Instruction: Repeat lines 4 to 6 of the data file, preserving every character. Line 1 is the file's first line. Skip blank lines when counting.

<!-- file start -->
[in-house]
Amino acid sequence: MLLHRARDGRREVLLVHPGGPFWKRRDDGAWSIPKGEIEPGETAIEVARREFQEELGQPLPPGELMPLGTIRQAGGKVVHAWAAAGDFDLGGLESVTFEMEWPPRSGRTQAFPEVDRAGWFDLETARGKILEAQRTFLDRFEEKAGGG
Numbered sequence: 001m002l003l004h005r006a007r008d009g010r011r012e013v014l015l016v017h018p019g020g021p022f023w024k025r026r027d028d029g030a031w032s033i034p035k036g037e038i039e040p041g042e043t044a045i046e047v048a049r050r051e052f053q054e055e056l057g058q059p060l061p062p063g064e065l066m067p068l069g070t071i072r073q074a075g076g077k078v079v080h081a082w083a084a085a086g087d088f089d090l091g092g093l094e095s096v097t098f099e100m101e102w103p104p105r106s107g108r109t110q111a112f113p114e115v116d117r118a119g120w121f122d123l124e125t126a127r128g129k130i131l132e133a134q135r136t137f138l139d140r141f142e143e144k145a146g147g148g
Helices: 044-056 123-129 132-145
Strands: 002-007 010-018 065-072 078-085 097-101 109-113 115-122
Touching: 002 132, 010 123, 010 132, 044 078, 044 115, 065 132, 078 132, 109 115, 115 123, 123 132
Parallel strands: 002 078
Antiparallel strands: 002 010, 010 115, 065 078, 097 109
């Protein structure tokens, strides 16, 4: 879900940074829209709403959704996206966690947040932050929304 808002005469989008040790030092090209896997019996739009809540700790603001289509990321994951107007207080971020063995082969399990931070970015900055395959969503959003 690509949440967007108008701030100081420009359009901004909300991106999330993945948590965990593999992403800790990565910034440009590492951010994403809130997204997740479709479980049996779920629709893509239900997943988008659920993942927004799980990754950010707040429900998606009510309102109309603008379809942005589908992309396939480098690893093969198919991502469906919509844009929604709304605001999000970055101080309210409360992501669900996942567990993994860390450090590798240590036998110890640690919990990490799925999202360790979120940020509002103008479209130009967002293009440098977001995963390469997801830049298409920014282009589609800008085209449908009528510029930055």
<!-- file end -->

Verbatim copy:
Helices: 044-056 123-129 132-145
Strands: 002-007 010-018 065-072 078-085 097-101 109-113 115-122
Touching: 002 132, 010 123, 010 132, 044 078, 044 115, 065 132, 078 132, 109 115, 115 123, 123 132